A 23-year-old Maryland man was rescued over the weekend after falling into the crater of Mount Vesuvius in Italy while taking a selfie.
The man, identified as Philip Carroll, visited the famed volcano, notorious for destroying the Roman city of Pompeii and blanketing it with ash in A.D. 79, with two family members on Saturday, according to Paolo Cappelli, the president of the Presidio Permanente Vesuvio, a base at the top of Vesuvius where guides operate from.
The family hiked up Vesuvius from the town of Ottaviano and accessed the top of the volcano through a forbidden trail, Cappelli told NBC News over the phone.
"This family took another trail, closed to tourists, even if there was a small gate and 'no access' signs," Cappelli said.
When the family reached the top of the over 4,000-feet-high volcano, Carroll stopped to take a selfie and his phone fell into the crater.
“He tried to recover it, but slipped and slid a few meters into the crater. He managed to stop his fall, but at that point he was stuck," Cappelli said.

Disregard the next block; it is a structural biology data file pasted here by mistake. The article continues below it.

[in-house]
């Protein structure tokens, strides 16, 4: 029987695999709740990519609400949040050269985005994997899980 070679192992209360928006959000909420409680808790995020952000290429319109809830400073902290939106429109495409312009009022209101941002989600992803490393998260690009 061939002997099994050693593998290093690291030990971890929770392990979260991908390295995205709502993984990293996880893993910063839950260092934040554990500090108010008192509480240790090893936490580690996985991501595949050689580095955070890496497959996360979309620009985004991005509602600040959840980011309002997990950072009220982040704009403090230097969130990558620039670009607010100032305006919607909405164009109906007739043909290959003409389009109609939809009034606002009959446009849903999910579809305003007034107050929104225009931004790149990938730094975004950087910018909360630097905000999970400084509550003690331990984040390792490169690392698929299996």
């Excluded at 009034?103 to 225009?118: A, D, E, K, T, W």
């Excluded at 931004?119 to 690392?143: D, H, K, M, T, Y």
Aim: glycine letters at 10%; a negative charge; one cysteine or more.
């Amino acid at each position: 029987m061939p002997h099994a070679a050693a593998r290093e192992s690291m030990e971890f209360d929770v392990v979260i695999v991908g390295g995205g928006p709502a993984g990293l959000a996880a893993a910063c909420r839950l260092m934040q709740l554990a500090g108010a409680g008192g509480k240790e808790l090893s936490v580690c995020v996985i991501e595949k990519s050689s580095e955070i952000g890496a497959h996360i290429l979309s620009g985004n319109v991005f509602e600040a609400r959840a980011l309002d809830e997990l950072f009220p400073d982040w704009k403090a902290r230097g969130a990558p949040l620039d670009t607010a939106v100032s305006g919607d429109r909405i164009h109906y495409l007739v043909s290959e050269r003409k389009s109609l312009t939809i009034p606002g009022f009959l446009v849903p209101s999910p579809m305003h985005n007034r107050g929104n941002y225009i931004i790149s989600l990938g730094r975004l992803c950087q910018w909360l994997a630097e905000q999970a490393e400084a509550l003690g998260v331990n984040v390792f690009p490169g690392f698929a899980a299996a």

"He was very lucky. If he kept going, he would have plunged 300 meters into the crater,” he added.
Vesuvius' cone-shaped crater has a depth of 300 meters, or nearly 1,000 feet, and a diameter of 450 meters, or nearly 1,500 feet.
Carroll suffered scratches and cuts to his arms and back in the fall.
Guides from Presidio Permanente Vesuvio saw what happened with binoculars from the opposite side of the rim and rushed to help Carroll. They used a long rope to pull him to safety.
A video shared on Instagram on Sunday, posted by someone who appears to be Carroll’s brother, shows the view from the top of Vesuvius. A voice is heard saying, “We hiked to the top of a literal f------ volcano!”
Carroll was taken into custody by the local Carabinieri police, Cappelli said.
It's not immediately clear what charges he faces.
NBC News has reached out to Carroll and his family for comment.